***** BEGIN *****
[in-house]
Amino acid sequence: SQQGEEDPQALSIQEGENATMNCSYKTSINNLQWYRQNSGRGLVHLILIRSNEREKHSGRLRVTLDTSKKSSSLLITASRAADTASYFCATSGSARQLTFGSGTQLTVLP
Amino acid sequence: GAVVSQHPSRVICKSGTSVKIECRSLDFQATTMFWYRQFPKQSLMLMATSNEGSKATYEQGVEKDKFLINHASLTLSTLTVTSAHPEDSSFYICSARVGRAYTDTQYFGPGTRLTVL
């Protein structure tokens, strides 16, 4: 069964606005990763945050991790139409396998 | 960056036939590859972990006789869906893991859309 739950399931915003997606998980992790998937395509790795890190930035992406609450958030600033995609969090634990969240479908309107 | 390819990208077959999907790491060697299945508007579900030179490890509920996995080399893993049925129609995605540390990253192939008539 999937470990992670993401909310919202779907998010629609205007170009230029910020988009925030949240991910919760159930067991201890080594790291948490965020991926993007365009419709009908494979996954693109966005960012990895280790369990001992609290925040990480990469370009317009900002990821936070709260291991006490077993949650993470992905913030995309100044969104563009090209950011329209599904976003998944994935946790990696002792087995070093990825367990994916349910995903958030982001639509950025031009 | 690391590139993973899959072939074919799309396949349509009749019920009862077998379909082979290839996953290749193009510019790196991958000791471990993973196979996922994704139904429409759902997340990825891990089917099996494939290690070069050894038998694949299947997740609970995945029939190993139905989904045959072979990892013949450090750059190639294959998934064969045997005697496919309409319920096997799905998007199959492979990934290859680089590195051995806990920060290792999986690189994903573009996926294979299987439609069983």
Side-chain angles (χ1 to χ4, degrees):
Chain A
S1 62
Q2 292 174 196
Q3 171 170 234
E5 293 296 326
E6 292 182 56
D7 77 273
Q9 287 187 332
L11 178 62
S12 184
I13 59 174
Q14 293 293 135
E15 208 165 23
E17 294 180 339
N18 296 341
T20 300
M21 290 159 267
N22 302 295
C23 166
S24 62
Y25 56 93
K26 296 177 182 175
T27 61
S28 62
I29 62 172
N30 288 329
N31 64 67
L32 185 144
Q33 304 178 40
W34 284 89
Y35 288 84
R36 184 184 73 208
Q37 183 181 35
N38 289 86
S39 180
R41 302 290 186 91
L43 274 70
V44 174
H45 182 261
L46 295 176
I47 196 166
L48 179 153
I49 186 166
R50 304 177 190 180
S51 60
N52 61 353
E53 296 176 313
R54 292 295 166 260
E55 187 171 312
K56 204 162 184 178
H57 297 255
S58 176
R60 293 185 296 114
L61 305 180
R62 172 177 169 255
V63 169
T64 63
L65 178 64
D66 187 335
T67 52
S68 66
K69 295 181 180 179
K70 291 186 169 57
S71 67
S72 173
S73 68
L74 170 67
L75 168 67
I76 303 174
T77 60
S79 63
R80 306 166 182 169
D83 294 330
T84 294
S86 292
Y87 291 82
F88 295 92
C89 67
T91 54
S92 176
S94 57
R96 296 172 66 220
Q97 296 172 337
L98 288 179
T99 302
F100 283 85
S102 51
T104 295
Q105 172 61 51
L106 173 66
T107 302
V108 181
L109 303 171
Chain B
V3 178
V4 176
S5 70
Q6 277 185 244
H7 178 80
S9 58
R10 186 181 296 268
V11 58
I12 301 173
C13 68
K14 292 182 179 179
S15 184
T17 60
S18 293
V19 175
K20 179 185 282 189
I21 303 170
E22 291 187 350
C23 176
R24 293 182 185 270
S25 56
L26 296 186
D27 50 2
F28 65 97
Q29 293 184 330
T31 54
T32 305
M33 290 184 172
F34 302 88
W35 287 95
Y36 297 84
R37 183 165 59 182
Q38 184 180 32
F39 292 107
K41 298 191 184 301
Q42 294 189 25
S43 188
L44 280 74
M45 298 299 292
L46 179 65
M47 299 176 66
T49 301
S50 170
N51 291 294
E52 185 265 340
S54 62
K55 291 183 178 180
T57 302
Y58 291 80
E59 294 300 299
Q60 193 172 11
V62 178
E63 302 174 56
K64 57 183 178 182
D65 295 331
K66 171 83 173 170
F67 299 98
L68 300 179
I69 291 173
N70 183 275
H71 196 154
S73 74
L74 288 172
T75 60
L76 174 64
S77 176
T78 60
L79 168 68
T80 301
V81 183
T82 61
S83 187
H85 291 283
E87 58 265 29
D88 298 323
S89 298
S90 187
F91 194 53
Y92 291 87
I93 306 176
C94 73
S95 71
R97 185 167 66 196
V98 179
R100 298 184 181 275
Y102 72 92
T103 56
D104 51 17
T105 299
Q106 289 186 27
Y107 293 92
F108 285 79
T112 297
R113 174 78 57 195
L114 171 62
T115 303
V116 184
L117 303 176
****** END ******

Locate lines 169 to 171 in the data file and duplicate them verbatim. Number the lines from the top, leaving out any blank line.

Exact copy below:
V81 183
T82 61
S83 187